• Emphasize right to retain CCA administrator role; if needed bring on consultants, but don’t completely outsource to a 3rd party CCA administrator.
      • Retain rights to use the value of the relationship with CCA members in the communities – don’t easily give the brand away.
      • Limit contract lengths with any consultant or other 3rd parties.
      • Make sure to retain rights regarding how this ‘opt-out’ relationship with community members can used for communicating and implementing future energy and other community programs (e.g. broadband, low-income, recycling, other)
    • Future benefits of retaining control of CCA membership:
      • Direct local investment in projects/microgrids/DERs, etc.
      • Become your own broker/ESCO, no need to go out to the ESCO market – enables the community to decide its own energy supply rather than putting out RFP to existing ESCOs.
      • Share services/structure with other counties and gain more benefits for the entire group. Additional funding available with NYS DOS Shared Services Incentive.
      • Take over the billing from the utility entirely and bring clarity and local branding to electricity and use the same platform for water/sewer, etc.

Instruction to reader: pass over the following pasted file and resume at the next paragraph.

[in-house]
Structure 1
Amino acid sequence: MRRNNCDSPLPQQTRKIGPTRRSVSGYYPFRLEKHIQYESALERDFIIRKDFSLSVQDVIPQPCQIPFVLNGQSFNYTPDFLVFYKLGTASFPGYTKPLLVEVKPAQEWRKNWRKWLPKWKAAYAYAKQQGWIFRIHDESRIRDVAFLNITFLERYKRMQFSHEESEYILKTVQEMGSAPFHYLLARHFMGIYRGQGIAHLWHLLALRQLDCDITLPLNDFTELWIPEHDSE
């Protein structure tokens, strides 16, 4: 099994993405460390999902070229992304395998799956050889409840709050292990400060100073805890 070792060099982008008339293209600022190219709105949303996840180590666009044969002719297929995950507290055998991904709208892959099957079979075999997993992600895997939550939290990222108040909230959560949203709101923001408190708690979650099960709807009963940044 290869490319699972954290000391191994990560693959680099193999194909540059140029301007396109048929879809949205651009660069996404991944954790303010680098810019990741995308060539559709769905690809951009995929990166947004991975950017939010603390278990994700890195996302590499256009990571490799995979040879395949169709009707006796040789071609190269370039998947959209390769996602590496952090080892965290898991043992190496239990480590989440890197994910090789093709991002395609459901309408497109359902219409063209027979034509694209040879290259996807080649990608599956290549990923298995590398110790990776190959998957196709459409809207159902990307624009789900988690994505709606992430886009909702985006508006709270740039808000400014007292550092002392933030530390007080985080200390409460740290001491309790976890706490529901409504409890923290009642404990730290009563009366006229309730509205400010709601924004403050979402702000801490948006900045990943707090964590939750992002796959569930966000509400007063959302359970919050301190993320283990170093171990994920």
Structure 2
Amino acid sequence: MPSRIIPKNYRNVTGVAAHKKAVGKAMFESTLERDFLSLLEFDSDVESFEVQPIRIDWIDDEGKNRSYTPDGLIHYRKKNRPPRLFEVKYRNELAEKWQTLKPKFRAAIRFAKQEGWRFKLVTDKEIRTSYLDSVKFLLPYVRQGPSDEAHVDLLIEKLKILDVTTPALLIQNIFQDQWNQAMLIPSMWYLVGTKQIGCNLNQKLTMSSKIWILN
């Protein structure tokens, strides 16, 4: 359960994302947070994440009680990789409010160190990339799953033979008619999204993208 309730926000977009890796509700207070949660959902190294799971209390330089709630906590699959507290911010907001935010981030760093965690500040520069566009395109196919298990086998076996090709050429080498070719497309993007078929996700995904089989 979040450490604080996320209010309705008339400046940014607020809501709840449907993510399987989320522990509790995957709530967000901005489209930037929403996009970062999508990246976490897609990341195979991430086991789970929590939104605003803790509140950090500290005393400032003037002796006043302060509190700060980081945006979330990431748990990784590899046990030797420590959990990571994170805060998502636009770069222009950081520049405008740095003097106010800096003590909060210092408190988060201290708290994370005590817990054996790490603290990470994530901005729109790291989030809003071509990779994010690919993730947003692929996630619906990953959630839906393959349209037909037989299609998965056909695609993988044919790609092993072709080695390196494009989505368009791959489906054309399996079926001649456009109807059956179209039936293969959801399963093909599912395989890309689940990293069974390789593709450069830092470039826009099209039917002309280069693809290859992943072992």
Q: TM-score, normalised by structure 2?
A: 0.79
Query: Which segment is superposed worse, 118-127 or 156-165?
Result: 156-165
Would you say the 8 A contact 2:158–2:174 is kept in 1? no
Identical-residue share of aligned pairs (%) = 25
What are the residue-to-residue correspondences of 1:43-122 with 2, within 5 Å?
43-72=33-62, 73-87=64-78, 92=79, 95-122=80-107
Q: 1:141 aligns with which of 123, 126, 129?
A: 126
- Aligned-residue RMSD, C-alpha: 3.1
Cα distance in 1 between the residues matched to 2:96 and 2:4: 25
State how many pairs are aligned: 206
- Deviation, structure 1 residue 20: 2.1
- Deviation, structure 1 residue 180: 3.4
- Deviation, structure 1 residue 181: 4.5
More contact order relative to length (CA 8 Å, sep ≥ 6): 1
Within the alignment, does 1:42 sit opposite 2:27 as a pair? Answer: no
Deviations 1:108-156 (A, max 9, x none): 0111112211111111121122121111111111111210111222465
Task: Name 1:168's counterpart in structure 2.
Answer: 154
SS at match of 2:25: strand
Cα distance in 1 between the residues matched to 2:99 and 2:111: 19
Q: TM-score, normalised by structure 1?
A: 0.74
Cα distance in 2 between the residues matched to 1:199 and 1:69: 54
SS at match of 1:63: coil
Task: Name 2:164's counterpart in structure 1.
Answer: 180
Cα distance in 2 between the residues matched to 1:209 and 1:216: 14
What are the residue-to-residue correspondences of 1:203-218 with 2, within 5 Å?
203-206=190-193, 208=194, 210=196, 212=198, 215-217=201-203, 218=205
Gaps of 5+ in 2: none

• For questions, please contact David at gowerdavid@gmail.com or 716-969-4899
    • For more information, review David’s slides or the following:

 

Group Discussion

How feasible does CCA as a shared municipal service seem? What do you see as the main opportunities? What do you see as the biggest challenges?

  • Irene: Paul Fenn said he’d be happy to work with us on CCA on a contracted basis. Paul also mentioned CCA’s can get data from utilities. He’s able to look at the data and figure out how to save energy. Ongoing challenge is lowering the energy costs. Future challenge is to save energy.
  • Rod: Next step of TCCOG is to find grant funding, looking to interview organizations/administrators and identify who might be willing to work with us.
  • Mark: Excited about this. Will involve education and engagement of municipal boards and the public to move forward.